From the Belgian Blue to the Brown Swiss and the Tibetan yak...
Some animals from the Brown Swiss breed also have the “lineback” phenotype. “We discovered that researchers from the University of Bern were working on the genetics of this breed’s coat and we contacted them so that we could collaborate with them. We wanted to check whether this phenotype resulted from the same genetic mechanism in the Brown Swiss”, Carole Charlier explains. Initially, this didn’t seem to be the case: “The analyses they had already initiated had allowed them to locate the region of the genome responsible for this phenotype in chromosome 6, in a region close to the KIT gene”, the scientist specifies. At first sight, these results were therefore incompatible with those found for the Belgian Blue.
But it would have taken a lot more to discourage the group of researchers from Liége! Once they had the Brown Swiss DNA samples in their hands, they carried out the same genetic analyses as those performed for the Belgian breed. “These analyses revealed that in the Brown Swiss, part of the duplicated piece of chromosome 6 inserted into chromosome 29 had excised and circularised itself, taking a fragment of chromosome 29, and had reinserted itself into chromosome 6 through a homologous recombination mechanism”, Carole Charlier points out (see diagram).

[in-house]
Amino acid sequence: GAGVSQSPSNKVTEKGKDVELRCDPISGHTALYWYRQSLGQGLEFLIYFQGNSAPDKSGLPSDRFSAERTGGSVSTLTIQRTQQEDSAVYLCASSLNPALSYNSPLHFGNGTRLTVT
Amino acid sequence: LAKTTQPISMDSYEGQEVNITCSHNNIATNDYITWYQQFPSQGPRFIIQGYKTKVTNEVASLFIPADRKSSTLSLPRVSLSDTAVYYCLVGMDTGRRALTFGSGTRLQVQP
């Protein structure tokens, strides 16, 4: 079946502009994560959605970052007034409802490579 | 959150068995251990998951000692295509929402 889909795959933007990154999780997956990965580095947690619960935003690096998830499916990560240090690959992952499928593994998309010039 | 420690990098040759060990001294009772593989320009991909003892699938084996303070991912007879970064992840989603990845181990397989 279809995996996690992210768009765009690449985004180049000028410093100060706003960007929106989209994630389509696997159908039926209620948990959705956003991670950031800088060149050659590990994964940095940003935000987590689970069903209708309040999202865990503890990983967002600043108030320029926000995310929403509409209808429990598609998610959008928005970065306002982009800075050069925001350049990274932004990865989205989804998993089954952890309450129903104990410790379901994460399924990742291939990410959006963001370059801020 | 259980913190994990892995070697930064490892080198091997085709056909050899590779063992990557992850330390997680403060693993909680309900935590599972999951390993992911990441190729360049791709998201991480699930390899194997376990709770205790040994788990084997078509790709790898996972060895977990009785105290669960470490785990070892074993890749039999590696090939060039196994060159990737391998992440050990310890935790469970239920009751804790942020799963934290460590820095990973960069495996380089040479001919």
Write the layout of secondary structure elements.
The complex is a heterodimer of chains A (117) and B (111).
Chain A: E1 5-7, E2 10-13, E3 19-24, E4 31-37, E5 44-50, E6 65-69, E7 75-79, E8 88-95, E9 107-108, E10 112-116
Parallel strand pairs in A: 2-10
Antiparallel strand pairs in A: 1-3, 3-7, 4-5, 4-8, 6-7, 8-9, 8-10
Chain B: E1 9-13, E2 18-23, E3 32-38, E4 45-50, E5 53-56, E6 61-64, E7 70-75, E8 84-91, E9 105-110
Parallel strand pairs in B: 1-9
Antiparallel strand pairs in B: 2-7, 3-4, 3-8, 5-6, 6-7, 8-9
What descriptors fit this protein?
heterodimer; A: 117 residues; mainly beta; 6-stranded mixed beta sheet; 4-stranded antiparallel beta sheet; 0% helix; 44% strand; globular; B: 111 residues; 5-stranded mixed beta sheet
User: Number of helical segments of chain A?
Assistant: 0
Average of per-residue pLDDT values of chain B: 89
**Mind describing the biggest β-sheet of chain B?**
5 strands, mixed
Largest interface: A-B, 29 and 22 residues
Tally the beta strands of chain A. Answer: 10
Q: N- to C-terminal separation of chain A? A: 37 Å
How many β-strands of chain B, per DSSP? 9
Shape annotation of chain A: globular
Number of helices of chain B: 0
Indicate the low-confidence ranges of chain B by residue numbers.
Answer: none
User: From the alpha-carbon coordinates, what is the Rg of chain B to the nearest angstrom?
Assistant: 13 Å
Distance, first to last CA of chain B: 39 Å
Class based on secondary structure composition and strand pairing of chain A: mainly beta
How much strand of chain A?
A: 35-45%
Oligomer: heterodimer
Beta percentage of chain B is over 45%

Eager to continue now that they were getting somewhere, the researchers extended their analyses to a wide range of cattle breeds with the “lineback” phenotype. In both European and African breeds, and even the Tibetan yak, they found the same characteristic insertion points as in the Belgian Blue and Brown Swiss. “Some breeds have the same allele as the Belgian Blue and others the same as that of the Brown Swiss, while others have both of these alleles”, Carole Charlier continues. “Hence, an original unique event occurred – the one characteristic in the Belgian Blue – that was transmitted to all cattle breeds with the “lineback” phenotype. In some of these breeds, this was followed by the second event described in the Brown Swiss. In both cases, these events help to explain this coat phenotype for the majority of the breeds we studied”.